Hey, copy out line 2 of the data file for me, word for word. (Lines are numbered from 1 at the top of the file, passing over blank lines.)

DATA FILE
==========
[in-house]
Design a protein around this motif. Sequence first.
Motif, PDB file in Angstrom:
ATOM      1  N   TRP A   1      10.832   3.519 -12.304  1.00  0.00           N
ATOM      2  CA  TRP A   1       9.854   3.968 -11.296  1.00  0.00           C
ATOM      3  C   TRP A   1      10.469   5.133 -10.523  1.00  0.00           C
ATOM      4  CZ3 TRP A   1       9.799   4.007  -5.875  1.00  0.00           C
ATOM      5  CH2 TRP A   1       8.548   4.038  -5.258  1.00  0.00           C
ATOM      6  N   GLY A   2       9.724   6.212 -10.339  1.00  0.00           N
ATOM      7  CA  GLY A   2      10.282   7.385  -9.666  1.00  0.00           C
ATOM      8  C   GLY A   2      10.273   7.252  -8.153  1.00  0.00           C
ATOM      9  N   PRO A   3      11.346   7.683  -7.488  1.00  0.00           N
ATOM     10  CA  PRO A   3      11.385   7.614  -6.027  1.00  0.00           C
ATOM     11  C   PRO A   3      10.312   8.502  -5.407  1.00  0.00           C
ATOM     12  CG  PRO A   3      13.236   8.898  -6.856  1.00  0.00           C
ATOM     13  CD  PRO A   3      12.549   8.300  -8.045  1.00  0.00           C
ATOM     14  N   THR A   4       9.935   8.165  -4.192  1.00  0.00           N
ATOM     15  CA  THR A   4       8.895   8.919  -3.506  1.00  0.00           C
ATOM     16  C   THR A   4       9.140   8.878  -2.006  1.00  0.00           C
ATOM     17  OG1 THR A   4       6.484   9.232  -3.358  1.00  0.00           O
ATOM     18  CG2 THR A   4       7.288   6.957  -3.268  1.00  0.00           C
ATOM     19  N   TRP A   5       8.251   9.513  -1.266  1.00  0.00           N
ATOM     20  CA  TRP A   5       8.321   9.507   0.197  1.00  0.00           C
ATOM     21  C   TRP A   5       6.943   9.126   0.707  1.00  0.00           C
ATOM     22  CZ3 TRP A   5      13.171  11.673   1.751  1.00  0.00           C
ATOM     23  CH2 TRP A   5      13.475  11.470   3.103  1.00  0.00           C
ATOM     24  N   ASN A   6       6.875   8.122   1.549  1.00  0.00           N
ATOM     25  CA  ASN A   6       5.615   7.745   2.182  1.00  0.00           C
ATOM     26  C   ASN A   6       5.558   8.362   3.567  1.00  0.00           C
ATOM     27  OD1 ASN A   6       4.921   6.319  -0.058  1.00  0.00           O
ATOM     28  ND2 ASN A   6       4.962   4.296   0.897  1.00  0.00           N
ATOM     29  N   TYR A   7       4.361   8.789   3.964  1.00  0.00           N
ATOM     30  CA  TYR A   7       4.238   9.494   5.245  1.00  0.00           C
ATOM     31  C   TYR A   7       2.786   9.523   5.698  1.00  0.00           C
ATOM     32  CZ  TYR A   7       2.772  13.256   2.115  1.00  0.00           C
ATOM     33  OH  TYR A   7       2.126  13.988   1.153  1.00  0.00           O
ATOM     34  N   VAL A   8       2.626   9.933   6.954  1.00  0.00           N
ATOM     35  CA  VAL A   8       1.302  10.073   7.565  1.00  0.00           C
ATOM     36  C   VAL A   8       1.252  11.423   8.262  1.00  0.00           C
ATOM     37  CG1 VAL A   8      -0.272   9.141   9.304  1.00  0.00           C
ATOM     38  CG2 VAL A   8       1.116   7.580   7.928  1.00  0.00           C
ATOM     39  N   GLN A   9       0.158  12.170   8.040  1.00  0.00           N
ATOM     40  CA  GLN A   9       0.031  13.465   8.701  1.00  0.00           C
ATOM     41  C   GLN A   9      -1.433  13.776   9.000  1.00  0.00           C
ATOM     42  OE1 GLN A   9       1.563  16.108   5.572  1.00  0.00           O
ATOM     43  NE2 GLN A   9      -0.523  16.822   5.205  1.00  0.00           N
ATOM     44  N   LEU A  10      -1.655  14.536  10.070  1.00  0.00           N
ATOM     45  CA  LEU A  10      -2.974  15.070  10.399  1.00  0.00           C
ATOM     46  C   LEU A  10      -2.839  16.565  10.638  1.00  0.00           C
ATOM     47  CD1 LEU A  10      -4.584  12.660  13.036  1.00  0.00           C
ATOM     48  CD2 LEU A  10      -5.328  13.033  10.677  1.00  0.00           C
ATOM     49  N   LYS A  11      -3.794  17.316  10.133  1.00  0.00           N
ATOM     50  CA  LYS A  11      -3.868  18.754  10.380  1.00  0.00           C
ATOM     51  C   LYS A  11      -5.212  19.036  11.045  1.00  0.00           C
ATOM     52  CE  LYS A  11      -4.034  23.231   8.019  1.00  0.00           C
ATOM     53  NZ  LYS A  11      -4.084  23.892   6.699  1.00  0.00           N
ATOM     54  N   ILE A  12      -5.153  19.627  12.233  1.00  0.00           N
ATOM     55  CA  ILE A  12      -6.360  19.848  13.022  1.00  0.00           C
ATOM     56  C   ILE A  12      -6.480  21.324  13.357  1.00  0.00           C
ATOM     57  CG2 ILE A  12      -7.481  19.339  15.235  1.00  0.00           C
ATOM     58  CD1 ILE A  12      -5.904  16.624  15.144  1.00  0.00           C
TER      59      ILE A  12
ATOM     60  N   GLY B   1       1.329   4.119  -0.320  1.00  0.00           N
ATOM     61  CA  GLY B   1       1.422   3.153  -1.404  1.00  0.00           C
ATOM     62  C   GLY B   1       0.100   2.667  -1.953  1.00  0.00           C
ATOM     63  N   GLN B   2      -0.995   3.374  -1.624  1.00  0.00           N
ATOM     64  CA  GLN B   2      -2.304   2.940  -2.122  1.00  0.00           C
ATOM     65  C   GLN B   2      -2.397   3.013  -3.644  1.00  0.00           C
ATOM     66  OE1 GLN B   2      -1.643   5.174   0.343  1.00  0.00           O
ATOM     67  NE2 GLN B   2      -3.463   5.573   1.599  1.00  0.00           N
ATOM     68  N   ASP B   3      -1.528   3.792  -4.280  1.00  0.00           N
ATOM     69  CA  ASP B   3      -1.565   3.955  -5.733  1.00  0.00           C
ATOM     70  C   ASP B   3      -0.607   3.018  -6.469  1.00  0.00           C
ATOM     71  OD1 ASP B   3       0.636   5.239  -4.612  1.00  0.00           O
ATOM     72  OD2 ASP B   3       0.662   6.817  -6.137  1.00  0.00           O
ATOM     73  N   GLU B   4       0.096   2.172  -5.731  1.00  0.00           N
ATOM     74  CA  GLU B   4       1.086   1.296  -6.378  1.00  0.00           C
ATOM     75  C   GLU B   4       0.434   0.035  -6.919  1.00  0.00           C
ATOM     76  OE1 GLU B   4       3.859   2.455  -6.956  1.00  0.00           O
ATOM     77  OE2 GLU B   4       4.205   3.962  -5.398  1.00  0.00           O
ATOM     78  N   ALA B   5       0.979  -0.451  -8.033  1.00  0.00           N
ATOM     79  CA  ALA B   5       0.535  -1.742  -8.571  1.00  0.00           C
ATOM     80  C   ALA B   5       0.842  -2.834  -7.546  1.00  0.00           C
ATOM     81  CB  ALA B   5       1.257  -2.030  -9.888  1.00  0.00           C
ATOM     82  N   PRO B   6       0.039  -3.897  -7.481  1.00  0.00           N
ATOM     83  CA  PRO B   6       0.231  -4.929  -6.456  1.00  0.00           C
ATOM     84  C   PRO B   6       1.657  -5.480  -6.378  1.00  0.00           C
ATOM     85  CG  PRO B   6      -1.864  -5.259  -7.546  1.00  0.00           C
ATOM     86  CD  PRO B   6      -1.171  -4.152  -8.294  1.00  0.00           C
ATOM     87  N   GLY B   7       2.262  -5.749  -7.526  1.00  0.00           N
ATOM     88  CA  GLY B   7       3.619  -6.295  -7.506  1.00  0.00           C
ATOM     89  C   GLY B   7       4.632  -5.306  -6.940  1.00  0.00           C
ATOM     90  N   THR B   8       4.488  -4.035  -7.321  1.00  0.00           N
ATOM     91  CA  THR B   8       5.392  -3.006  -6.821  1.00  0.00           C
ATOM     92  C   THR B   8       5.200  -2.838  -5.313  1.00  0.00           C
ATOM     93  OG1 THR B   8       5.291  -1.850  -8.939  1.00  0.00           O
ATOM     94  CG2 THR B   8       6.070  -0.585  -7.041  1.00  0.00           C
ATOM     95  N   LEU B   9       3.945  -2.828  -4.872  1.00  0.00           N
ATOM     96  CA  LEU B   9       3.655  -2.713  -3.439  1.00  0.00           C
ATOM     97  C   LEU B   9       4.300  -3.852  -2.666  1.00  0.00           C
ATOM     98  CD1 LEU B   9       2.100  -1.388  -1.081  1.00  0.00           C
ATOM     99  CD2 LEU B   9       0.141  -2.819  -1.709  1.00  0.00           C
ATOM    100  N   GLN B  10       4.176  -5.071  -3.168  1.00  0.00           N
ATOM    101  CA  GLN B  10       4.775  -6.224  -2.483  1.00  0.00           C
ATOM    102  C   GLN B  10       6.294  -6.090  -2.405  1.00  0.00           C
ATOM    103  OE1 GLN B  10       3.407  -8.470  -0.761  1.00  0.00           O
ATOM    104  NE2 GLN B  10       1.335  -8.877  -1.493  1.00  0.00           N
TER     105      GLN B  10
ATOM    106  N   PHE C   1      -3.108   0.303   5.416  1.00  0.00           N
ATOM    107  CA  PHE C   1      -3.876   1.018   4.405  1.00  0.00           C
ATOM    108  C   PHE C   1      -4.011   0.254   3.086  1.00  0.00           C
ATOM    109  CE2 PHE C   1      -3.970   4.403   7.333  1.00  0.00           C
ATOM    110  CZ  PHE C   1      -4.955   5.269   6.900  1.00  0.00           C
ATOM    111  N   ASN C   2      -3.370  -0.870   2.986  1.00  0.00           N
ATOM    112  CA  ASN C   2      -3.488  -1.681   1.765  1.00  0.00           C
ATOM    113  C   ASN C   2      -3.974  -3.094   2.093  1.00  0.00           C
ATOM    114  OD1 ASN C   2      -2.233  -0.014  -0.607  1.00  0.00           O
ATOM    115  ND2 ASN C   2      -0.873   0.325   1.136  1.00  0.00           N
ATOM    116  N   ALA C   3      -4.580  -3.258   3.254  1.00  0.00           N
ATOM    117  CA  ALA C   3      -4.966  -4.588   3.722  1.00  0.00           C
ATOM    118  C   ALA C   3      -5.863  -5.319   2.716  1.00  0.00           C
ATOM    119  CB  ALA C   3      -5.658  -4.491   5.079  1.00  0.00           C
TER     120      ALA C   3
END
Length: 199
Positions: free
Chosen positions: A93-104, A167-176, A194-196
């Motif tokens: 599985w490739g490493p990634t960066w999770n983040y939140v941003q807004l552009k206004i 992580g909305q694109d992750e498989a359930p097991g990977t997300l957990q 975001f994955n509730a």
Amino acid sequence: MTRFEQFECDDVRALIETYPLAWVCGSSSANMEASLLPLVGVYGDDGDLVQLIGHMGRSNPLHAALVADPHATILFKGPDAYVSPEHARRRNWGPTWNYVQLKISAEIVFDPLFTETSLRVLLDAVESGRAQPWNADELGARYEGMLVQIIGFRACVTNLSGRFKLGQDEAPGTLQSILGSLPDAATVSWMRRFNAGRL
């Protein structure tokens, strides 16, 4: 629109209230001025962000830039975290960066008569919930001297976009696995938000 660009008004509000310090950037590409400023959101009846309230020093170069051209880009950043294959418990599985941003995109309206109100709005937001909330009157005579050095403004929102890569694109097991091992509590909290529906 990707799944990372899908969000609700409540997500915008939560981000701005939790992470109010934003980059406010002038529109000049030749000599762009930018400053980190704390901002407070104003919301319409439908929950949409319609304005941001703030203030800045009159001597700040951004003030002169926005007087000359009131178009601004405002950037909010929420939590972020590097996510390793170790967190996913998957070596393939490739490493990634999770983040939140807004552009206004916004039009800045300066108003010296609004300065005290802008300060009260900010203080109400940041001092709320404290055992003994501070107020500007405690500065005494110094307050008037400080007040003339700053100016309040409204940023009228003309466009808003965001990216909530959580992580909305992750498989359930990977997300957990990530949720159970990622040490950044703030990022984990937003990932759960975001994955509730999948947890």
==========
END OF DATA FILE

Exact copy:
Design a protein around this motif. Sequence first.